Five Common Foods We Let Go To Waste, And How To Stop

Listen up, Victoria.

If you're guilty of chucking out those biscuits past their best before date or forgetting about the dried herbs on the pantry shelf, you're not the only one. Globally, one third of the world's food goes to waste. A figure so high that, if food waste were a country, it would be the third highest emitter of greenhouse gases, behind only USA and China.

Food wastage is clearly bad for the environment. In Victoria alone, 250,000 tonnes of perfectly edible food is wasted by households per annum – enough to fill Melbourne's sky scraping Eureka tower. That kind of food waste is capable of producing up to 400,000 tonnes of greenhouse gases a year. Why? Because food waste that ends up in a landfill site, has the capacity to produce methane when it breaks down.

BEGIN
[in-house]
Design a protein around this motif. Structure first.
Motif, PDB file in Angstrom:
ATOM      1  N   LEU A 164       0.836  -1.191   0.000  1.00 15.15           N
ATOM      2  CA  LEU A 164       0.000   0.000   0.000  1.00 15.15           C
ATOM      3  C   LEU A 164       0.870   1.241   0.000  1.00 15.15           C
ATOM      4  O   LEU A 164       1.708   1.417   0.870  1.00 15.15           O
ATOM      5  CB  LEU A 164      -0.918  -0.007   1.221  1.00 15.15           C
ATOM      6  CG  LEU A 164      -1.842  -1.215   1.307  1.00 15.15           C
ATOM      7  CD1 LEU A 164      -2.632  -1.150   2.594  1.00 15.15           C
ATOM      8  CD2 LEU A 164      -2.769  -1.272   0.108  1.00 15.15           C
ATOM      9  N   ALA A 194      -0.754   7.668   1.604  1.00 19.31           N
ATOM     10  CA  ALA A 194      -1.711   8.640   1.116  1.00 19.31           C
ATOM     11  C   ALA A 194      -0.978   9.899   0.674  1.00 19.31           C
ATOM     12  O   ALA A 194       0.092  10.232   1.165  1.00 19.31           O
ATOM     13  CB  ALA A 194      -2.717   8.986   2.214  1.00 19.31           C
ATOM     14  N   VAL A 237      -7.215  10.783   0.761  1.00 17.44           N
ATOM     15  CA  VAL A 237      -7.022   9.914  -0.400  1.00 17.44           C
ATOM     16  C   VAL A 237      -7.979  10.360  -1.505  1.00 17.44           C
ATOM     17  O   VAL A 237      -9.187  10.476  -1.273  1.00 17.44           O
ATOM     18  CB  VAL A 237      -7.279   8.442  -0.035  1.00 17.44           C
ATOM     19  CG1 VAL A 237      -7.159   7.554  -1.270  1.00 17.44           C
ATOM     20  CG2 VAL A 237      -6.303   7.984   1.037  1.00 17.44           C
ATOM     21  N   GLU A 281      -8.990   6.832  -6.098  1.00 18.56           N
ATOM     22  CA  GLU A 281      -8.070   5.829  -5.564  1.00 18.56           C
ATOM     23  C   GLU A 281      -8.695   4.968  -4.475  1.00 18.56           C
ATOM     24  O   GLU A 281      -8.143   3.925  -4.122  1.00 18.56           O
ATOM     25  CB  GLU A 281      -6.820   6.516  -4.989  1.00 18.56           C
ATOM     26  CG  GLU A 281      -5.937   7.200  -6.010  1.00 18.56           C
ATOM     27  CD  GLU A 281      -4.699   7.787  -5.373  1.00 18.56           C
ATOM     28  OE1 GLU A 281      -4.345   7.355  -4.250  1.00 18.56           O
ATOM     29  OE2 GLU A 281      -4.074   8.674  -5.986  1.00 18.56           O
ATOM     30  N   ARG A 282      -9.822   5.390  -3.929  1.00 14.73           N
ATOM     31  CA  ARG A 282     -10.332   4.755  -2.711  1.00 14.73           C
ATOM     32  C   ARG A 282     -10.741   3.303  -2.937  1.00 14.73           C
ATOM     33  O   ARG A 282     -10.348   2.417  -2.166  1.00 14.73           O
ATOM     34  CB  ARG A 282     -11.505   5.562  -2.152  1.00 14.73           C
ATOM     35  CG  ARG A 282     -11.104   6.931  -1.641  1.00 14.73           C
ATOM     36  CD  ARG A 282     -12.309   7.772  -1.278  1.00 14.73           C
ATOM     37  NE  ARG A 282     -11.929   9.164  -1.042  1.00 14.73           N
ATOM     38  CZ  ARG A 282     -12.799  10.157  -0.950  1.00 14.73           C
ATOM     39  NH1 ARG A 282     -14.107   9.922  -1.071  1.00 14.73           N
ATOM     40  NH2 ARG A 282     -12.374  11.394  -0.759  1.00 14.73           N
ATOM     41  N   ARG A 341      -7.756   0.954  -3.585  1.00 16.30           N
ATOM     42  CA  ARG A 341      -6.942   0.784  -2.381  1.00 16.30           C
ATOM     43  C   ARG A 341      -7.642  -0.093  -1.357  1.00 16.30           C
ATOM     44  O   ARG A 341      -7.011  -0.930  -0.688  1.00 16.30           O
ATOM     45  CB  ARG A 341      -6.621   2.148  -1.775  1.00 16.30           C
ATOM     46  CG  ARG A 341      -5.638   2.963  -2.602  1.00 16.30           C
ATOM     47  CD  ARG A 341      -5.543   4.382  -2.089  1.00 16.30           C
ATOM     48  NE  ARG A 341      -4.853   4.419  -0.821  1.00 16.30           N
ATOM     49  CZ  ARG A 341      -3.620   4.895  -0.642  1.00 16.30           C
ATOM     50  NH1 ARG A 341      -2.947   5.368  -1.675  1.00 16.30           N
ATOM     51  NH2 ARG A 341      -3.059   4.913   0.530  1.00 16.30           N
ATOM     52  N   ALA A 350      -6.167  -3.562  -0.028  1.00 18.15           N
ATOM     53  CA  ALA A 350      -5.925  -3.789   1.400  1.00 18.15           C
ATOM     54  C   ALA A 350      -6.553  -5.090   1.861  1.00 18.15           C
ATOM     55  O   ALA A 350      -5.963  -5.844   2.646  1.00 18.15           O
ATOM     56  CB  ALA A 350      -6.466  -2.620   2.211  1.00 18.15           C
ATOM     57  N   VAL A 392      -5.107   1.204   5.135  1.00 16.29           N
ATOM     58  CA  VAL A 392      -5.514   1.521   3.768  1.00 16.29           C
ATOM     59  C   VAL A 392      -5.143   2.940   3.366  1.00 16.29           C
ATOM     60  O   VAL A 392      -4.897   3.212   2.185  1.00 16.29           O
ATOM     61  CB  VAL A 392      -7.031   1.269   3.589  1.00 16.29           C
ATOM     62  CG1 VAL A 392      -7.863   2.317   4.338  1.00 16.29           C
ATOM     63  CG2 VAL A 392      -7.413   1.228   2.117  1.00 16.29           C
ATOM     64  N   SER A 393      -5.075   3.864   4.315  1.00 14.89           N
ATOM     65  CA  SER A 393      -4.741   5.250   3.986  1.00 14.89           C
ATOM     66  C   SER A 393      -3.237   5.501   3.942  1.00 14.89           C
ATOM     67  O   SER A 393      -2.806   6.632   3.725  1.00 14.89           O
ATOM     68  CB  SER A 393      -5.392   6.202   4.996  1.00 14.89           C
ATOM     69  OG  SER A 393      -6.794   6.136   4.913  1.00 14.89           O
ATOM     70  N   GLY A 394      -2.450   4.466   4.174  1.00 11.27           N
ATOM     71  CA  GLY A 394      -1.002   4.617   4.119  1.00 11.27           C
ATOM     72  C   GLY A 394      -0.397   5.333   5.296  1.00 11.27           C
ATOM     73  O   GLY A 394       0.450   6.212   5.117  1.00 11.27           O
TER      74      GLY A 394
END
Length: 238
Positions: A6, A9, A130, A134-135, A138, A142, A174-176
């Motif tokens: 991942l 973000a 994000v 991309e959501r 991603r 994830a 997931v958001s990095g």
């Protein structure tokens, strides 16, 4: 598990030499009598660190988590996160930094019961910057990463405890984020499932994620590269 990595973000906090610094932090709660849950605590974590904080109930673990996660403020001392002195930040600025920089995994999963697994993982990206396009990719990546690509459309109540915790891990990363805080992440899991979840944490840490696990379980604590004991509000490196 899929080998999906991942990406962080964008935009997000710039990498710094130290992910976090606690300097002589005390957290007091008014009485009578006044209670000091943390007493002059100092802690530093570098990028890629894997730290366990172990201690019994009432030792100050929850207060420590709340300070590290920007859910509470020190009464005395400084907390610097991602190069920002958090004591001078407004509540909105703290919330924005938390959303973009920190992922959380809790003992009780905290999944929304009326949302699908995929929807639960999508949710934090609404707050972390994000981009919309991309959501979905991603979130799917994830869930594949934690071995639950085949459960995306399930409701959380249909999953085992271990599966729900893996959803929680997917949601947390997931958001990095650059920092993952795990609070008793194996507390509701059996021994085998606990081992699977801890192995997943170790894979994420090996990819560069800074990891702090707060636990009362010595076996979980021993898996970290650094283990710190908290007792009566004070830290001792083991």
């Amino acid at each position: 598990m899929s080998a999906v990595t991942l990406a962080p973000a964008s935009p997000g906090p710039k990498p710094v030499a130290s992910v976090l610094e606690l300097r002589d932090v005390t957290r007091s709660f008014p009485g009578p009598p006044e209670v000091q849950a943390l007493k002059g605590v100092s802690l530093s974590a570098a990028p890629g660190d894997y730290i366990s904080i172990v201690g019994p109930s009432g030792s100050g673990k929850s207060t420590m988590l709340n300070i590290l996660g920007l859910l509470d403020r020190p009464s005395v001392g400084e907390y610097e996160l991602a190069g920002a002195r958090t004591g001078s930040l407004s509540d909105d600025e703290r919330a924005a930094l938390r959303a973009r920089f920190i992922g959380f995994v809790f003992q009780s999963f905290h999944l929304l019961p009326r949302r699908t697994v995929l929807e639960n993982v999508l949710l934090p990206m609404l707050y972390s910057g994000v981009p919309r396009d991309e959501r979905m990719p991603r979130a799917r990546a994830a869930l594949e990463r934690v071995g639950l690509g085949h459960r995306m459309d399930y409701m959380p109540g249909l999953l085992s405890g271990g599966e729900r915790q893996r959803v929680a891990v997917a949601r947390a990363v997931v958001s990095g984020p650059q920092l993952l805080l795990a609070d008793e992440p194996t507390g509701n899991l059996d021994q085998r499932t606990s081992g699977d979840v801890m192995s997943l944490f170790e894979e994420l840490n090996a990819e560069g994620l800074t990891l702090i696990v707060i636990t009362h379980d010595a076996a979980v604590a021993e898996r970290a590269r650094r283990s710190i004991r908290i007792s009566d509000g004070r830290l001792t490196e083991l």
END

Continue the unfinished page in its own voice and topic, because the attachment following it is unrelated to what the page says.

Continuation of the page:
Still feeling good about chucking that last choccy muffin into the bin?

But wasting food is hurting our pockets too. Australia wastes $8 billion of food a year, but more recent research shows the average Victorian household bins the equivalent of a staggering $2,200 in groceries each year.

And while food safety is of course paramount -- always adhere to 'use by' dates people -- Sustainability Victoria food wastage expert Kellie Watson believes that our time poor lifestyles has contributed significantly to the amount of food we waste.

"But by taking just a few minutes before each shop, or making a menu list each week and checking what we already have in stock, you'll drastically reduce food wastage, and save lots of money too," Watson says.

So, which foods are we wasting most and what practical measures can we take to stop?

Below are the top five foods wasted in Victoria. And while the figures are shocking, the solutions for reducing waste and reusing leftovers are surprisingly easy.

In fact, they can be applied to just about any Aussie household...

1.Bread (And Pastries, And Biscuits)

Man breaking bread.
Man breaking bread.